One of the unexpected benefits of working as a supplier to large manufacturers is visiting the factories and experiencing the enormous size and productivity on show. Working as a consultant for the metal and manufacturing business unit of Quintiq, I get to do a lot of these visits. I never fail to be awestruck by these amazing places.
I remember my first visit to a metal factory like it was yesterday. I had been working for Quintiq barely two months, and the project I was working on had just moved into a new phase. This phase traditionally starts by giving some basic training to the users of the Quintiq system. The colleague I was working with had just become a dad, so I was going solo. It was up to me to visit my first factory and give my first training.
Using a Google maps printout to find my way, I drove to the factory site. The printout proved pretty much useless; a facility that size would require quite some effort to miss. I arrived at the big main entrance, gave my name, got my visitor’s pass, and more importantly a instructions and a map showing me how to drive to the building I needed to be at. As luck would have it, the building was the furthest away from the main gate.
Driving on a factory site is remarkably different than driving on public road. First of all you never have right of way. The roads are filled with big equipment, unguarded train crossings and randomly placed stockpiles of inventory. Secondly there are distractions everywhere. Machines you’ve talked or read about, material that is partly finished, and so on.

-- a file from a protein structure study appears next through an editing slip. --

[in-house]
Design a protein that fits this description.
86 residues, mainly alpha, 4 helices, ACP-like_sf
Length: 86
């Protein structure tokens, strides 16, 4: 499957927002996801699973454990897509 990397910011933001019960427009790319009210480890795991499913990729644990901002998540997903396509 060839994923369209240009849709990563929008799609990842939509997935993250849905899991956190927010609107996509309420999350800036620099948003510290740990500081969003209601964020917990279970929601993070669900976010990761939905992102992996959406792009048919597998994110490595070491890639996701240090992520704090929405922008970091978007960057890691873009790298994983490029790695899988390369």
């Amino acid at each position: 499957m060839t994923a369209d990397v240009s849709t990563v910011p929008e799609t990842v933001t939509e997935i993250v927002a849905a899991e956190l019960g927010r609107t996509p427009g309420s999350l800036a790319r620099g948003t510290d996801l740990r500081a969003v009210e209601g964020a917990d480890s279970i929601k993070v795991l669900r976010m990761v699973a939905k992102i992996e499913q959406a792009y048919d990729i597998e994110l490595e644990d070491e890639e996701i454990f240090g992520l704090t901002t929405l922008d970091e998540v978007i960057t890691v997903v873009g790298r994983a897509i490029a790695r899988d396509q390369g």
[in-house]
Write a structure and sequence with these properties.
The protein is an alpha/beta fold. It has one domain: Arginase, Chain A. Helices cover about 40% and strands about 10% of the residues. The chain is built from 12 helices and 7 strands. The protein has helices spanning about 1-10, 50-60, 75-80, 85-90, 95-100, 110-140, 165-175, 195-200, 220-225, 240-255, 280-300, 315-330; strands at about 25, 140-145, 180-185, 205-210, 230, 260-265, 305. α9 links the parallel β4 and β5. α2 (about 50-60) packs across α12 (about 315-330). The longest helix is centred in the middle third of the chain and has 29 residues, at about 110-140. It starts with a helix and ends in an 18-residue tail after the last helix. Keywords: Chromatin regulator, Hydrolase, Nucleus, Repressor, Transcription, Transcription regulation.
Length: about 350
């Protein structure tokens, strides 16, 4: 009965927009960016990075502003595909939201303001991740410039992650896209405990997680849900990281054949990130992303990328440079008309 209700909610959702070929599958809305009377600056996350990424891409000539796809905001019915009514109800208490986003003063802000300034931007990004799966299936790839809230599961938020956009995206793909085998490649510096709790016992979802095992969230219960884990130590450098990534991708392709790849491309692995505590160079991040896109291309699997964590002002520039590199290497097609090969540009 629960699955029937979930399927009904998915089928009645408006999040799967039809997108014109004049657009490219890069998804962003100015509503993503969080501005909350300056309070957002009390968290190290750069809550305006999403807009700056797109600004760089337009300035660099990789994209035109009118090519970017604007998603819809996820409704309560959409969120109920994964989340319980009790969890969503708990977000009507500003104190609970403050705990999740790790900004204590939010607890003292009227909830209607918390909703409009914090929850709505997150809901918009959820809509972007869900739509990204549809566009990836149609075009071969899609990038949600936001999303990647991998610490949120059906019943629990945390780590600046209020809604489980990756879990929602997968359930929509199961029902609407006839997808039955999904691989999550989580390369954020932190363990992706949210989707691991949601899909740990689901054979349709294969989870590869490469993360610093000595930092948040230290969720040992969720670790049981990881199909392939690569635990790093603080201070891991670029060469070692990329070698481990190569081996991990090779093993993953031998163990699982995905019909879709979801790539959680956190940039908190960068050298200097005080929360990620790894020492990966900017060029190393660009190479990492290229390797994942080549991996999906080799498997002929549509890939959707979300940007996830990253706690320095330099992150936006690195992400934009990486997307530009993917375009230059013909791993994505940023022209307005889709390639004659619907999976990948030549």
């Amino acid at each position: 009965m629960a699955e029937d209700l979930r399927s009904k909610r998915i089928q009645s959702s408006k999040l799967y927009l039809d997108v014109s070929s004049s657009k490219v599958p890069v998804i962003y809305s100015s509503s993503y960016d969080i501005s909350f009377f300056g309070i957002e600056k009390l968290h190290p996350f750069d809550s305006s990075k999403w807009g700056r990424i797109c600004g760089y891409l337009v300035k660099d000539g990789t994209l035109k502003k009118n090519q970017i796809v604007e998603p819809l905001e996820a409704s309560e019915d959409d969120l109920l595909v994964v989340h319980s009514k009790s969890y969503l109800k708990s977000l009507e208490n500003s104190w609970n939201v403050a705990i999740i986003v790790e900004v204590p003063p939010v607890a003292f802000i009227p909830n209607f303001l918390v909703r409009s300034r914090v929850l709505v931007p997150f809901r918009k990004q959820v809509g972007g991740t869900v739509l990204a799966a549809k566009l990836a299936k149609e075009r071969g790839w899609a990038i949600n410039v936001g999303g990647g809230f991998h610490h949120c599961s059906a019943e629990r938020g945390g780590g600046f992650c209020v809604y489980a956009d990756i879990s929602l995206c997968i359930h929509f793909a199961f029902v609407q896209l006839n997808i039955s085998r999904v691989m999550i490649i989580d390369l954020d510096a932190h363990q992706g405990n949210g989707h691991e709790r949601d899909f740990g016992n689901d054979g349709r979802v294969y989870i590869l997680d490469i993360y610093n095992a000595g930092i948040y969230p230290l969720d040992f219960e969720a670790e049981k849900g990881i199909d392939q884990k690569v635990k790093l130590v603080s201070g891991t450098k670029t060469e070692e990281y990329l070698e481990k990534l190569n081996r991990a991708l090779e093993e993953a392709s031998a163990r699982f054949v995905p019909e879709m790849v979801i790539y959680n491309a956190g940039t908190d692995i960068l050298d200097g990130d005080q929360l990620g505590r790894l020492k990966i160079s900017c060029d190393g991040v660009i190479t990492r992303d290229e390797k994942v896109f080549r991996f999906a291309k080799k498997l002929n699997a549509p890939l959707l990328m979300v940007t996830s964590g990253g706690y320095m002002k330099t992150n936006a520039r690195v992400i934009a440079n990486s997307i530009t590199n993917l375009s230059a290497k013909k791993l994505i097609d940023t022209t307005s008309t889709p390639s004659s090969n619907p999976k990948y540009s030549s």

Upon arriving at the building that housed the planners, I got out of the car to discover another surprise. For the duration of the project the project team would be seated on the factory floor. What followed was a short walk through the factory to a cabin in the middle of a stock collection point. I didn’t know where to look with all this activity going on around me. Luckily the testing room was well isolated to drown out the sounds of forklifts racing, metal dropping and machines running.
Over the next months I visited the factory and the factory floor many times. The sights and sounds, however, never lost their appeal. At that factory and the many others I’ve visited since, experiencing the noise, the activity and the overwhelming busy-ness of a production environment is something I consider one of the upsides of the job.
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